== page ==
Boarding from the aft beach platform, you pick up on the WHY200’s vocation for fun and hospitality. Teak benches, sunpads and a wide central staircase are all perfect for easy access to the water or a proper welcome to a party. Deck and saloon are on the same level and there’s space, space, space. Bassani jokingly refers to that aft deck as the dance floor. Everything is catty-corners, sunpads to tables to staircases to benches. And there’s not a curve in sight – unless you count the teak covering the symmetrical side garages, which bends the planks of wood like a Thonet chair.
Stefano de Vivo, Wally’s managing director and chief commercial officer of the Ferretti Group, knows that the wallywhy200 is an eyeful but he also knows that Wally has always been a step ahead. “Bassani sees it straight away, but even at the shipyard it took the rest of us a while to understand it,” he says of the yacht’s design. “We’re not expecting anyone to say that they love the exterior look but like all Wally yachts it will take time and it will grow on you. The exterior is just a consequence of the quest for interior volume and the volume-to-length ratio will create a new market segment because it allows for a new way of using the yacht,” he says.Read More/Wally's WHY200 superyacht to become fully-fledged series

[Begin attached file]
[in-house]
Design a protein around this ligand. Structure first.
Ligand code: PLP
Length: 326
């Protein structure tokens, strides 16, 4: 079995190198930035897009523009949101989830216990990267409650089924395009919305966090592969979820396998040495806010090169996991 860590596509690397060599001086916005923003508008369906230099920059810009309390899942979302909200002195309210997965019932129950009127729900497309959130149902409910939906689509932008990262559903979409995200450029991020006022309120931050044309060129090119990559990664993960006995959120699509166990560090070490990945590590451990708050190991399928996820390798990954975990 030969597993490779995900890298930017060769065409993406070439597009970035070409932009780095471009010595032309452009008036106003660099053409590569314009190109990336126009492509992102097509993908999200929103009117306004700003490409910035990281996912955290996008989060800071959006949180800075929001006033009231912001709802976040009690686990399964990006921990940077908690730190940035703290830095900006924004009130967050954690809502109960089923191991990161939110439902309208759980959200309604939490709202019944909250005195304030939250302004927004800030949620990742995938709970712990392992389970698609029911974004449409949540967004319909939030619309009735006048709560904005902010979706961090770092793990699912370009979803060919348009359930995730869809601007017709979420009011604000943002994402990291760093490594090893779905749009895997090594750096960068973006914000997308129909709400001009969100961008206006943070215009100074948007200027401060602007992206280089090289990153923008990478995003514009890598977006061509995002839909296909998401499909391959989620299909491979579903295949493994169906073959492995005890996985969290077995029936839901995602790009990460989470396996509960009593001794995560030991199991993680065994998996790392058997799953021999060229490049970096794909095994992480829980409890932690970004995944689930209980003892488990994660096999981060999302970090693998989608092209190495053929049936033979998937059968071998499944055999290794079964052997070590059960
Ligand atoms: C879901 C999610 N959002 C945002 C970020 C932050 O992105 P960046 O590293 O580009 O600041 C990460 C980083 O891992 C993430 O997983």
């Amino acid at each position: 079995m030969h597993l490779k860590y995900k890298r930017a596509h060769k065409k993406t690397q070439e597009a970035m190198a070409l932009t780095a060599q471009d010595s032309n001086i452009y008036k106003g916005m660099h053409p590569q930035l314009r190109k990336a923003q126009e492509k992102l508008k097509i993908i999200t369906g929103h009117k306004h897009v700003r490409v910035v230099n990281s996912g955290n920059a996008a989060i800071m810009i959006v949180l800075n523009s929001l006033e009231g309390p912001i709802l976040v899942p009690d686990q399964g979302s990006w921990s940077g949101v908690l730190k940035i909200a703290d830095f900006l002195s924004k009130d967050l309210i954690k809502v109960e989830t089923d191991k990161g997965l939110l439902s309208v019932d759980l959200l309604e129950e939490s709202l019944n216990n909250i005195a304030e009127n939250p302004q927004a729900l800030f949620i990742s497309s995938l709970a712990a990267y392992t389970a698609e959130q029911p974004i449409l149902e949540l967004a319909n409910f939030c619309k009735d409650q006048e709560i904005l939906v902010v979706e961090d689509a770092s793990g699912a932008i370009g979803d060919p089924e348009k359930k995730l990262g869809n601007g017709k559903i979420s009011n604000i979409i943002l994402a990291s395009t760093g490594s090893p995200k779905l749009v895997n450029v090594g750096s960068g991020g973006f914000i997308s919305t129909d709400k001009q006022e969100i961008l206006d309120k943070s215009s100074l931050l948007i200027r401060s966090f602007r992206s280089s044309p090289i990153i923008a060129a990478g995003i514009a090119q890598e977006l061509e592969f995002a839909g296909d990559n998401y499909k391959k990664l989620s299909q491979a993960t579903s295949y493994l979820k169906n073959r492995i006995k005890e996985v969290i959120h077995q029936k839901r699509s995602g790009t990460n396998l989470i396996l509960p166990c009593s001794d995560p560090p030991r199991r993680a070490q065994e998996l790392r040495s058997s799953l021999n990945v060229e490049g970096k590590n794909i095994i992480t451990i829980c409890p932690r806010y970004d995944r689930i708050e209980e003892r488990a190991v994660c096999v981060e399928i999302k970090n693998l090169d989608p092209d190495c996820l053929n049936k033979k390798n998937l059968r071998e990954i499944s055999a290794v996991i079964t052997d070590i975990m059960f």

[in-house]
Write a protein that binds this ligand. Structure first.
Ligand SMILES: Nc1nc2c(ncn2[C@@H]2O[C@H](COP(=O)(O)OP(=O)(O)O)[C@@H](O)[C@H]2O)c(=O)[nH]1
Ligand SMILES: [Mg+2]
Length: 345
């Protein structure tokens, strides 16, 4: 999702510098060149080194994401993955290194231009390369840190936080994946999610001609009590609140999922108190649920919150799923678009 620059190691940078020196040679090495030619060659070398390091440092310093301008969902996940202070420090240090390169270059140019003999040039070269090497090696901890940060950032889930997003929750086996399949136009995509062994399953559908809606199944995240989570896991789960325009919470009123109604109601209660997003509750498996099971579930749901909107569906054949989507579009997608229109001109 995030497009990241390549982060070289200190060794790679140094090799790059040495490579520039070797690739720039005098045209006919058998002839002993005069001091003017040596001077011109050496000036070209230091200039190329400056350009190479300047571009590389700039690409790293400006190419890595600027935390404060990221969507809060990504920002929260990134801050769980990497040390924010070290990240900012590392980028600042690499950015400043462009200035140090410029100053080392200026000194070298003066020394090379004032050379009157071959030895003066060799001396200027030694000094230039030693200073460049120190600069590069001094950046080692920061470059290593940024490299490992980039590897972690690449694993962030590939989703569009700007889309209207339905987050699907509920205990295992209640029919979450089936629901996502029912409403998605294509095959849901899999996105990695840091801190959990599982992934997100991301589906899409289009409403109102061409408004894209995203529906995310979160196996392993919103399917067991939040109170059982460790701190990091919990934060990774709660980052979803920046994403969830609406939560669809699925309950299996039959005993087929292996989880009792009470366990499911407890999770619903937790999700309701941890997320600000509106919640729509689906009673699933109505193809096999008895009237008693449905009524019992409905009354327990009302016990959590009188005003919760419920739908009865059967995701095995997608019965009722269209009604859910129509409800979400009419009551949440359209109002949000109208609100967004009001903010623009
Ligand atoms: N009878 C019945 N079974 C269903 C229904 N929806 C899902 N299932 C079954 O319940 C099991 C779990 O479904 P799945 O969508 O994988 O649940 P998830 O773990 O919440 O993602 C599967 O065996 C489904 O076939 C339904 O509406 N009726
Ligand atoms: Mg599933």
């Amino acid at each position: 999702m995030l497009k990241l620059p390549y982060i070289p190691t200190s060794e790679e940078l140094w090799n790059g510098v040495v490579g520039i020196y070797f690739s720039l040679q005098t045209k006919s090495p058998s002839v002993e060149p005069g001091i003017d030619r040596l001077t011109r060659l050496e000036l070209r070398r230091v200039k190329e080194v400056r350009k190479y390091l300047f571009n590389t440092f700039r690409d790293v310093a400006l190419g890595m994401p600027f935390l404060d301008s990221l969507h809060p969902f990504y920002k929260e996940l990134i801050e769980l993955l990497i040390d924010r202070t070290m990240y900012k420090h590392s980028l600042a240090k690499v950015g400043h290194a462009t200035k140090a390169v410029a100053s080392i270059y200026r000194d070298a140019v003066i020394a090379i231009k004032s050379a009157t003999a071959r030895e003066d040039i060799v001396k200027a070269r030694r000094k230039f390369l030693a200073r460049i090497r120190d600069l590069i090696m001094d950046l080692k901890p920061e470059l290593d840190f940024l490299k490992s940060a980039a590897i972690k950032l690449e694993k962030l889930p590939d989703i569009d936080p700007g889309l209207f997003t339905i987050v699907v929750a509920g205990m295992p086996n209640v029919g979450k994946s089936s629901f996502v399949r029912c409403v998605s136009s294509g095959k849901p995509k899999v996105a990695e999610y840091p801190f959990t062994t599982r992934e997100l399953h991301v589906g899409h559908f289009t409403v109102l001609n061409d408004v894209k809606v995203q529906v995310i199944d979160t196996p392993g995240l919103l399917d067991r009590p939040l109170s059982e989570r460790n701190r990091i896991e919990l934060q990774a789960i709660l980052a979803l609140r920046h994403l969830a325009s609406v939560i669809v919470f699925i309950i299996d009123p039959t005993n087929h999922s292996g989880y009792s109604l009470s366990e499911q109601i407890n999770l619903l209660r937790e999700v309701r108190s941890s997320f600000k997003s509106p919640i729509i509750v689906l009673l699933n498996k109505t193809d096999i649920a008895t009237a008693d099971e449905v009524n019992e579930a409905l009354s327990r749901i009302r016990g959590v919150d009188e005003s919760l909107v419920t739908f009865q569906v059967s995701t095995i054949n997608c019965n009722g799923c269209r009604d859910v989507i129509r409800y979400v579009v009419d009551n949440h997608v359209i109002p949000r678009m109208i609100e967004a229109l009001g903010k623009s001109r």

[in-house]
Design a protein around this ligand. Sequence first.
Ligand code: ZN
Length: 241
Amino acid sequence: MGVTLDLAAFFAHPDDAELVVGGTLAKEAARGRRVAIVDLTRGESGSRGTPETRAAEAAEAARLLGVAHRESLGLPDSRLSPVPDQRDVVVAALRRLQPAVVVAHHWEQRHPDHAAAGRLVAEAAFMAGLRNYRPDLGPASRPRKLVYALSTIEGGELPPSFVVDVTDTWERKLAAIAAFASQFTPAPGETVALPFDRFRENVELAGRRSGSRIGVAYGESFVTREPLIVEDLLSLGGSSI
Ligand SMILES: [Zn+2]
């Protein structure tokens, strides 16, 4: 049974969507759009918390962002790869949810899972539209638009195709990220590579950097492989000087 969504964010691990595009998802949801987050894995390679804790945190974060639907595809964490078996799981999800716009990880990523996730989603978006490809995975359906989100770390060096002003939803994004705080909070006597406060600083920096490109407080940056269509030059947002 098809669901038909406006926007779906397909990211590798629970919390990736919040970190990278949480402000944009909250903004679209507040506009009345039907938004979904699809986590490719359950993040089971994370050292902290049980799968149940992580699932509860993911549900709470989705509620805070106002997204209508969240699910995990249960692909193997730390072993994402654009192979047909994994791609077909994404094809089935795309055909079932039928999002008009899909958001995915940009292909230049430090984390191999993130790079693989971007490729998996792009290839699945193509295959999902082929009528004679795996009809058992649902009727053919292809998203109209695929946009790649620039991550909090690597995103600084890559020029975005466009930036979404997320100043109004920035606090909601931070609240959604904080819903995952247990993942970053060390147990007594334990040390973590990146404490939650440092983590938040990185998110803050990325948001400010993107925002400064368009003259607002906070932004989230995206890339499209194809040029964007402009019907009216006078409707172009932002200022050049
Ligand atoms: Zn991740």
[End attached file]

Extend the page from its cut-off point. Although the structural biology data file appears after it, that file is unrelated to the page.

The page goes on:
The yacht’s name is a kind of cypher where the W is for Wally, the HY is for hybrid and 200 stands for the yacht’s gross tonnage. But hybrid here does not refer to the yacht’s propulsion system; it stands for the hybrid uses you can get from the yacht. “It’s a real crossover,” Bassani says. “It’s more than just a semi-displacement yacht, it’s a semi explorer and a semi fly. And its living spaces are like a semi loft.”
Entering the saloon, you do get that wow effect that comes with large and light lofts. The openness of space is spectacular, with just a carbon-fibre spiral staircase enclosed by glass at the centre and a continuous ribbon of windows letting the views inside. With six main deck layout options to choose from, the full-beam space – devoid of bulkheads – can be fitted out as you prefer, with a show kitchen and dining area, for example, or just as a living area.